November, then December… exams ahoy. Revision = dull. Again. But I was beginning to realise that these tests were nothing to fear. The mark scheme is such that as long as you answer the question, it is impossible to fail. My revision is normally pretty comprehensive, covering many angles, that there is no need for worry about what’s going to come up on the exam paper. Two exams later, I was home for Christmas, and then it was 2006.
So now we’re six years into this new fangled age of wizard computers, flash-bang electronics and sooper hyperdrive space ships. Well, that’s always what I thought it would be when I was younger. I read too many science books back then. But here I was, now just six months away from being 21, and life still was a long way short of those massive expectations of the future I once had. Still, I suppose that’s the point of being a kid: to dream, to imagine and create. Such activity is ceaseless then, and not tarred by the cynicism of adulthood. The best ambitions come from those you’ve held since childhood… but achieving them is normally the most impossible. How many of us wanted to be a firefighter?
Back to university once more. Yet this time, it was filled with an odd feeling. “This academic year is fast running to a conclusion”, I thought, “and then I will have to think about what on earth I’m doing with my life.” Oops, was my next thought – I don’t have a clue. So I sat down at the end of January and wrote this post which let me consider exactly what I was doing at the moment and where I’m going. It was at this point that I effectively made the decision to stop driving lessons once my current booking had ran out, cancelled any plans I had to go to the USA that summer, and decided, once and for all, that I should be a teacher.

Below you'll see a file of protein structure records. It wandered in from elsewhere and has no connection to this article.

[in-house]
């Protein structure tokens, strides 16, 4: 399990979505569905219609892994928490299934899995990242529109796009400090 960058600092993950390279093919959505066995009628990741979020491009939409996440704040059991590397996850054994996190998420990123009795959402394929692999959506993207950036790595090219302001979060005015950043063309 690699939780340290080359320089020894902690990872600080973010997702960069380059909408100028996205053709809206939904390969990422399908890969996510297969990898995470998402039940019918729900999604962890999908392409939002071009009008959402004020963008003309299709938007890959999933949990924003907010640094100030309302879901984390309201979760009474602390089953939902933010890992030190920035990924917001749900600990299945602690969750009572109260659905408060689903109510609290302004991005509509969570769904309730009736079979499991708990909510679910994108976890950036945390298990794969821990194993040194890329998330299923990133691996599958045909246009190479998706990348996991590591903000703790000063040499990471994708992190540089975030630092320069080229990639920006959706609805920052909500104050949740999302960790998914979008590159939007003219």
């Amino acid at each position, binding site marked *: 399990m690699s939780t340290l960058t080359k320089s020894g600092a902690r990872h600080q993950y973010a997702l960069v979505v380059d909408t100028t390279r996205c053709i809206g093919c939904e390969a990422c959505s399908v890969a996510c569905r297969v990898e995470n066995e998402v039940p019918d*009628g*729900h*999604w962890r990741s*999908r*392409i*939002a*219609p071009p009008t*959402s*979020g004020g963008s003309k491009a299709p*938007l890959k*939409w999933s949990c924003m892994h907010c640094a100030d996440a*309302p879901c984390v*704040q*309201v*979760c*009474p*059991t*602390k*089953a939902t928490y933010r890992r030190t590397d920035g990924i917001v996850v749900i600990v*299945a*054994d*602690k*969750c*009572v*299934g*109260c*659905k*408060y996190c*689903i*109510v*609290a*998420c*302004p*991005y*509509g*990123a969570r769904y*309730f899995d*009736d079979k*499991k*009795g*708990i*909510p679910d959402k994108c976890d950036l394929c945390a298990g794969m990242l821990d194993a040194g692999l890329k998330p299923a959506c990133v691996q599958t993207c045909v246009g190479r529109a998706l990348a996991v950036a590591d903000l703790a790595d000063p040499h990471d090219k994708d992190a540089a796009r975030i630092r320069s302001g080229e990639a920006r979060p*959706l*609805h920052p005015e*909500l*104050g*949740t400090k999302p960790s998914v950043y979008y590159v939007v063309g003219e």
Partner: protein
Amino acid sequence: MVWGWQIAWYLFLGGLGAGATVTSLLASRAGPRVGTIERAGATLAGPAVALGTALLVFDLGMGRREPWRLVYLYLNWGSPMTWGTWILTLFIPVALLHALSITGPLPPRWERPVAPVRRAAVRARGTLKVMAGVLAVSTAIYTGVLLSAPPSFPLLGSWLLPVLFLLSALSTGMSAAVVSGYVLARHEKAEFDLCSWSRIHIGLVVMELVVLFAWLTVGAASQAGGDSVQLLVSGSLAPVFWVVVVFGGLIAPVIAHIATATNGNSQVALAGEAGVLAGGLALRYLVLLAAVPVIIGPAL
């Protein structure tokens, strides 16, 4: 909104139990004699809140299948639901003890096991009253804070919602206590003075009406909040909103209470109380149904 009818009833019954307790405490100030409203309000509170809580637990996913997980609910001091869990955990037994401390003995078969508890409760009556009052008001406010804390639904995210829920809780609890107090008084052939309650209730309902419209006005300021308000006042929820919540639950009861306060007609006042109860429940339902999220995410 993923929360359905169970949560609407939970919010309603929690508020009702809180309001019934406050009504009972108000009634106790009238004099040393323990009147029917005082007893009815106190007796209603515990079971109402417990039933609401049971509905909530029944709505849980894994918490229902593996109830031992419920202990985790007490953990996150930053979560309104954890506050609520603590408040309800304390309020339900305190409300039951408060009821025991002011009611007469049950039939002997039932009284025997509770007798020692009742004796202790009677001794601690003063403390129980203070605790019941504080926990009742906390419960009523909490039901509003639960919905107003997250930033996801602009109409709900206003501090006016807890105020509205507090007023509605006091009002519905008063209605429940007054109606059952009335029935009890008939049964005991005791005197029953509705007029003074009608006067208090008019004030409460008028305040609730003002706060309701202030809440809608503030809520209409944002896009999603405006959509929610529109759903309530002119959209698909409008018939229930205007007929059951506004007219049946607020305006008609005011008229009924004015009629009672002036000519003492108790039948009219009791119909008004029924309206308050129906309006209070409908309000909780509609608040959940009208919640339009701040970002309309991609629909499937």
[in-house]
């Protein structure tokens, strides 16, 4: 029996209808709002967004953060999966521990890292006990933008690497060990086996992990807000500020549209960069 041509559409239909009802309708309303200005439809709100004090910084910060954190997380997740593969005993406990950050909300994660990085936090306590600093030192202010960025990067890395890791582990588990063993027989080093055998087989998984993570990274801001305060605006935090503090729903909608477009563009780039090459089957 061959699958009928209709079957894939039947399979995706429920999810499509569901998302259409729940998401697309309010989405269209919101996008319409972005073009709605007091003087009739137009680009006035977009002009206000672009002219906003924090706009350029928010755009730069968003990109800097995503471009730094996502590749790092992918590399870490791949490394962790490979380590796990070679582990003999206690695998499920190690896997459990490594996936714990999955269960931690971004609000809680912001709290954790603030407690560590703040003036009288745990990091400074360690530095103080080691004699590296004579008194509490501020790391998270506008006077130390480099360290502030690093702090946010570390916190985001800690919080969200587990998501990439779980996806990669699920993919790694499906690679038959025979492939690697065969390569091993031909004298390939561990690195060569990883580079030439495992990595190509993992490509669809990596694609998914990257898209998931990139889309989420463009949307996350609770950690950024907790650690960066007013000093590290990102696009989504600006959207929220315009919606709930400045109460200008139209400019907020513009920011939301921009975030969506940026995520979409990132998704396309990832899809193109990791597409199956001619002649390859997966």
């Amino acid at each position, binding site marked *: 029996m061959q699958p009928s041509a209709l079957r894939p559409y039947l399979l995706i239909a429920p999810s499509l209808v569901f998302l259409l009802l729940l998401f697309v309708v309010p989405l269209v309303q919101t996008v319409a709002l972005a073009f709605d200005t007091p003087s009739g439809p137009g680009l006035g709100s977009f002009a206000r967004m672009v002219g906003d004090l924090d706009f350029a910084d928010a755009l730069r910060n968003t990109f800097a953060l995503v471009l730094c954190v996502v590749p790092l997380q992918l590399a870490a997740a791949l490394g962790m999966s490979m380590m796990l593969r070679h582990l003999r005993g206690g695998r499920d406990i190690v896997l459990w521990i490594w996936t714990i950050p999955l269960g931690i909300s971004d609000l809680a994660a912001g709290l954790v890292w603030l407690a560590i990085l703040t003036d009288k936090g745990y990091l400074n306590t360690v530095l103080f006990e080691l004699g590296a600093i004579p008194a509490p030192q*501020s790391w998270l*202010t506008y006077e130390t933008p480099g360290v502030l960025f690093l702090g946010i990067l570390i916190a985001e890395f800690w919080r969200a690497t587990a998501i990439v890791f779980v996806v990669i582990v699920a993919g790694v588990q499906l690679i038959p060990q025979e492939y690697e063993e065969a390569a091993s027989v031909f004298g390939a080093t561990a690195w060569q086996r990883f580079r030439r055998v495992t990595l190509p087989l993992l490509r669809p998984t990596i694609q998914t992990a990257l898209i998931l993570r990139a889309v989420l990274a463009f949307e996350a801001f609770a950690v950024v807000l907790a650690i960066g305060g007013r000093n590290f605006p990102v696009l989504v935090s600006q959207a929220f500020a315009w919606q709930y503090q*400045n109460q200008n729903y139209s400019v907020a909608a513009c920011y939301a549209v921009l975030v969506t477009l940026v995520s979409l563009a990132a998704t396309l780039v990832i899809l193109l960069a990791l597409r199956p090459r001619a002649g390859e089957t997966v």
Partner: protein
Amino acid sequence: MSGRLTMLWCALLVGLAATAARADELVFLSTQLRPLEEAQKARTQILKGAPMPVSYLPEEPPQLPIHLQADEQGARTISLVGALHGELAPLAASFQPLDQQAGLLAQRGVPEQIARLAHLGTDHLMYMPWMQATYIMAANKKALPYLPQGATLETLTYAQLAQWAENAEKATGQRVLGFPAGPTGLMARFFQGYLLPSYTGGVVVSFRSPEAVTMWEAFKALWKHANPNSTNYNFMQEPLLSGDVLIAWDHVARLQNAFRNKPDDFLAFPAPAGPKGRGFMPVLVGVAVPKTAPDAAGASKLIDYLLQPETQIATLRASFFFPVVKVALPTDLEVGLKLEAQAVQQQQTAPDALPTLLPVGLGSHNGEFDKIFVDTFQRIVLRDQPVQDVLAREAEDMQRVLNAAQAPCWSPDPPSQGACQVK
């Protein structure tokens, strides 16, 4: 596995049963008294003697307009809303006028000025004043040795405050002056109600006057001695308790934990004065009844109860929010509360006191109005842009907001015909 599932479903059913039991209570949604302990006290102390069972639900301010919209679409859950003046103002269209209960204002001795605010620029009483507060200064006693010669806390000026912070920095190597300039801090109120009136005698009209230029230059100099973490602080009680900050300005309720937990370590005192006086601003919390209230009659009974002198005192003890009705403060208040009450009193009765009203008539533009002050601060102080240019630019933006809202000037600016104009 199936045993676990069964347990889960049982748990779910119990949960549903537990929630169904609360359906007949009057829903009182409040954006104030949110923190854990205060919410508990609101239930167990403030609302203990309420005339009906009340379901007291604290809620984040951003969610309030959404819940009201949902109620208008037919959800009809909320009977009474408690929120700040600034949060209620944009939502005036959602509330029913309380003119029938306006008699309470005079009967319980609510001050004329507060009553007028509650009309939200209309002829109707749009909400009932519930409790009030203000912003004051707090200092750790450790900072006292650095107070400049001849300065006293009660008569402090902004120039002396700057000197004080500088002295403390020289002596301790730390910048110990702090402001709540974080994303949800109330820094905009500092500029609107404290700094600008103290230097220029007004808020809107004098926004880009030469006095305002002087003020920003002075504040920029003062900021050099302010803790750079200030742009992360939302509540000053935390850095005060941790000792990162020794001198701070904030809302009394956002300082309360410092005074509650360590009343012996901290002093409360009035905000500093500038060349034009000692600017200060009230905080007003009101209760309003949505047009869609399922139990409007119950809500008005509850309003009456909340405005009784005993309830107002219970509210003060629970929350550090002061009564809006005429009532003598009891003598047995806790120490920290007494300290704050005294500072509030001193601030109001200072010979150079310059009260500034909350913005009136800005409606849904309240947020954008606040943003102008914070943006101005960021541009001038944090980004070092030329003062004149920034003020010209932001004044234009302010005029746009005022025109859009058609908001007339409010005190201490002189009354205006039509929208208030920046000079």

I had thought about being a teacher before. After I’d applied for Hull Uni, and while I was still in denial about the fact that I was going to university, I had a change of heart and thought about doing a B.Ed degree instead, which would lead me to teacher status in three years. I’d already wasted a gap year, was my train of thought, so I should do this as quickly as possible, rather than do a degree, and then do a PGCE. But I did nothing about it, and in the end it went West like everything else.
So now, in 2006, I was back to where I’d started. It was then I realised that I should have done that mentor scheme back in September. It would have given me a real insight into teaching, maybe helping me to make my mind up before now. Either way, it was the beginning of a vocational call, as I think it is now.
February arrived, and my driving instructor was sent packing. Yet at the time I had big plans for learning how to drive back at home instead over summer. That hasn’t happened. Looking back at my blog is an interesting lesson in how many times I tell myself I’ll do something, and then I do nothing, leading to a decision either losing all momentum, or non-decision leading to unintended but entirely predictable consequences.